Hokuriku Fermentation Tourism by Fermentation Designer Hiraku Ogura – Making “Black Squid”

Hiraku Ogura

December 17, 2022
Kurozukuri is a locally popular side dish that this writer found at a restaurant in Toyama by chance, but there are surprisingly few places that make it. Nevertheless, Kyokichi takes the dish’s roots seriously, and works tirelessly to keep the tradition alive.

This is Part 2 in our series on fermentation tourism. You can read Part 1 here.

Making black squid in Imizu City, Toyama Prefecture

Toyama Prefecture is one of Japan’s leading seafood paradises. Toyama Bay itself is akin to a large cove, attracting a wide variety of marine animals and providing fishermen with amazing catches.

And because of the prefecture’s propensity for delicate flavors, the region is known for its skill in processing ingredients.

Among the many high-level seafood dishes available in Toyama is “Kurozukuri,” which is made by adding squid ink to salted squid.

This glistening black fermented dish is a hidden gem among aficionados and contains within it a surprisingly deep history revealing Edo Period marketing tactics.

Map of Japan

Imizu City, Toyama Prefecture

Taste that transcends local borders

Black squid with grated ginger on shiso leave on a blue plate

Toyama black squid’s glossy sheen

Less than an hour by car from Toyama City, in Imizu City, near a recessed area of the bay, Hakko Hub visited Kyokichi, a family-run establishment which has been manufacturing Kurozukuri since the Edo Period.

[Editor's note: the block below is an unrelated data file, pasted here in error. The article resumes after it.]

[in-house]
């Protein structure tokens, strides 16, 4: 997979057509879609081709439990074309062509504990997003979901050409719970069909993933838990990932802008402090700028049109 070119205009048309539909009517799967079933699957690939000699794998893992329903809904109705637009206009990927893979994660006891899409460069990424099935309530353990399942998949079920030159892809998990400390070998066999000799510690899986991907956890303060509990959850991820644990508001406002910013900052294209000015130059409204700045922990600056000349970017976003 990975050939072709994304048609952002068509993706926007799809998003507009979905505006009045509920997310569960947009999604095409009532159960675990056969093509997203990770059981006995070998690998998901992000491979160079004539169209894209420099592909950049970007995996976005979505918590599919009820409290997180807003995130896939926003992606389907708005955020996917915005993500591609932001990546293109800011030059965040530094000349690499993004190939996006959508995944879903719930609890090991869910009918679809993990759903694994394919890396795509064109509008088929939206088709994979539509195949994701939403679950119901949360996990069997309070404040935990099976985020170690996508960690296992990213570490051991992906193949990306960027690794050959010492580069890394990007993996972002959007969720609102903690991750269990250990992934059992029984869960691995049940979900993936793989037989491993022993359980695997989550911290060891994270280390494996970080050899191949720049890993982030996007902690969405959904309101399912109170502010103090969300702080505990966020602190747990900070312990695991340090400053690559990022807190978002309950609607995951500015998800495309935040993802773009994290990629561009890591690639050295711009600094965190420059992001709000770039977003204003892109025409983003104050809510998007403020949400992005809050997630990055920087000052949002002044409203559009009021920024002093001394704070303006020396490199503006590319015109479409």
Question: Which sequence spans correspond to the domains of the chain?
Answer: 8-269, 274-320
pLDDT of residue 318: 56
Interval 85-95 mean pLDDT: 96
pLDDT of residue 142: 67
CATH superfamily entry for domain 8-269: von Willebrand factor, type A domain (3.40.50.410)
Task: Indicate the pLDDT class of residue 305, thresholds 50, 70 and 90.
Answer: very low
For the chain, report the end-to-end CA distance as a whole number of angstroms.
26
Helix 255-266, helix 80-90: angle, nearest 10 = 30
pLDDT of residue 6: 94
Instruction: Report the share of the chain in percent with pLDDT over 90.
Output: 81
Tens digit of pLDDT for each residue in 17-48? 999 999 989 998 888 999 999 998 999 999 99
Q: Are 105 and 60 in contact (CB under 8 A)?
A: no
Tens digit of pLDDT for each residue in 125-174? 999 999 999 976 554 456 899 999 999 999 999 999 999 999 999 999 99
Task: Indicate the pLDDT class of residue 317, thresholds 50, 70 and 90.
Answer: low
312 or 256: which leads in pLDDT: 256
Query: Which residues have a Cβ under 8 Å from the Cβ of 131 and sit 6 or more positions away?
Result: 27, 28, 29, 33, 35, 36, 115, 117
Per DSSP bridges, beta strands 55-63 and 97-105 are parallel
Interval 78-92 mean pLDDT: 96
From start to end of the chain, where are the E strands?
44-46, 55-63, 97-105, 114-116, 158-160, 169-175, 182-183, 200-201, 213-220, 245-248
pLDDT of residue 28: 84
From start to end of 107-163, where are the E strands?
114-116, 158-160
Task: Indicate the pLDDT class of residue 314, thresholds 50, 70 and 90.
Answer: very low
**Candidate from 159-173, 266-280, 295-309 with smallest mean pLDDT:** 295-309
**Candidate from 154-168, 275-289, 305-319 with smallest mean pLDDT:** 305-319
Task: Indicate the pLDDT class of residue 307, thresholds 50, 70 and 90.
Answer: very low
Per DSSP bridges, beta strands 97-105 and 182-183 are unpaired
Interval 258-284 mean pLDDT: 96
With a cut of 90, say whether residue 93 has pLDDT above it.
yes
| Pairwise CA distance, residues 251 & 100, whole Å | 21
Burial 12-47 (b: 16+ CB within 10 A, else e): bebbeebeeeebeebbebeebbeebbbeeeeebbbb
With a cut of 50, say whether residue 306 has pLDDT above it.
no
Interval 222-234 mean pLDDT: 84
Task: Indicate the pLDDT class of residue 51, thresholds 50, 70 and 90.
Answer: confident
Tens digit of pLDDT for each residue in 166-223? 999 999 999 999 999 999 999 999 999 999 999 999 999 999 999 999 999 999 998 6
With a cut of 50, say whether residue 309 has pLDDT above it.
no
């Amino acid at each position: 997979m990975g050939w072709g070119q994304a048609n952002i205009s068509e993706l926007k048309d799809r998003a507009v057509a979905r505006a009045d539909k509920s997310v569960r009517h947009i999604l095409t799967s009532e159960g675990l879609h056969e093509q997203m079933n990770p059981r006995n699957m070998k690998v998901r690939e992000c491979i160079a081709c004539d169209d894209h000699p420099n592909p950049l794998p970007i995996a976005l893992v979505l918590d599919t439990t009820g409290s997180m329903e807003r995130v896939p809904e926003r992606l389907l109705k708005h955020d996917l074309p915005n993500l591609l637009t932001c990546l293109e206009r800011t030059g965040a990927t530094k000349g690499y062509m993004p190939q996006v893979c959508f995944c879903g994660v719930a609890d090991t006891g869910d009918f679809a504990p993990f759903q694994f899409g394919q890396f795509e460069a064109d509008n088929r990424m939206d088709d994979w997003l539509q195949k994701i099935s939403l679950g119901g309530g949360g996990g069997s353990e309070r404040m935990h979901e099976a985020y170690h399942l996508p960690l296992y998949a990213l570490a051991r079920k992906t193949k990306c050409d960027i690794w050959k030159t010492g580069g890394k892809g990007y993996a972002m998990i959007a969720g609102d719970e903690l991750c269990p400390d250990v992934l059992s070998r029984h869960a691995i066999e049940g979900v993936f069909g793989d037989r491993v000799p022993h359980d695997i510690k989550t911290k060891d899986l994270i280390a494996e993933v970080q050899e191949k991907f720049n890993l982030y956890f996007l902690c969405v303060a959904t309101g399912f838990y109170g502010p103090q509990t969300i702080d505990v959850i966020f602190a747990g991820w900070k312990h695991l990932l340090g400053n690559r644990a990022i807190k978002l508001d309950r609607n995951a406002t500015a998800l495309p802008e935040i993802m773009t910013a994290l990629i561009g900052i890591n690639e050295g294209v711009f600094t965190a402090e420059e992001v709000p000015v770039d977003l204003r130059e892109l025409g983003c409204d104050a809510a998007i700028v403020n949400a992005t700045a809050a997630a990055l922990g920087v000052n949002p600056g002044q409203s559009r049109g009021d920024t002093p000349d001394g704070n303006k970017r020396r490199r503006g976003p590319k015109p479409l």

Kurozukuri is a locally popular side dish that this writer found at a restaurant in Toyama by chance, but there are surprisingly few places that make it. Nevertheless, Kyokichi takes the dish’s roots seriously, and works tirelessly to keep the tradition alive.

The manufacturing method is very simple. Salted squid is mixed with plenty of squid ink that has been fermented and aged in a separate container and left to ferment for several days.

The fermentation lends a captivating texture to the final product, alongside deeper, more complex flavors.

It has a milder and deeper flavor than other salted squid dishes, and the umami and plumpness of the squid come forward over the saltiness. For this writer’s tastebuds, this traditional dish surpasses many other regional specialties.

And, of course, kurozukuri simply begs to be paired with sake.

Toyama’s sake, which is typically characterized by a moderate. light flavor, is just right for Kurozukuri. The two together certainly make for a heavenly combination.

Kurozukuri – a product of the Kaga clan’s branding

Mr. Kyotani, representative of Kyokichi

Kyokichi representative Mr. Kyotani

As mentioned above, kurozukuri itself dates back to the Edo Period.
Specifically, It’s a product of the Kaga clan’s branding policy.

According to one of Kyokichi’s proprietors, a lover of history:

“At that time, the only place in Japan that accepted foreign cultures was Dejima, Nagasaki Prefecture, and the Kaga clan learned about seafood processing techniques through a visit there. Kurozukuri originated from the idea of making salted fish using squid ink, which had been unfamiliar in Japan until then.”

Given this explanation, this black salted fish dish may be connected to the squid ink culture of the Iberian Peninsula, where Portugal and Spain are located.

The Kaga clan, exhibiting uncanny business prowess in anticipating a boom in regional revitalization, breathed life into this unique dish that now transcends regional borders.

This article was originally published in Gekkan Fu, Fukui Shimbunsha and on Fupo, Fu Production.

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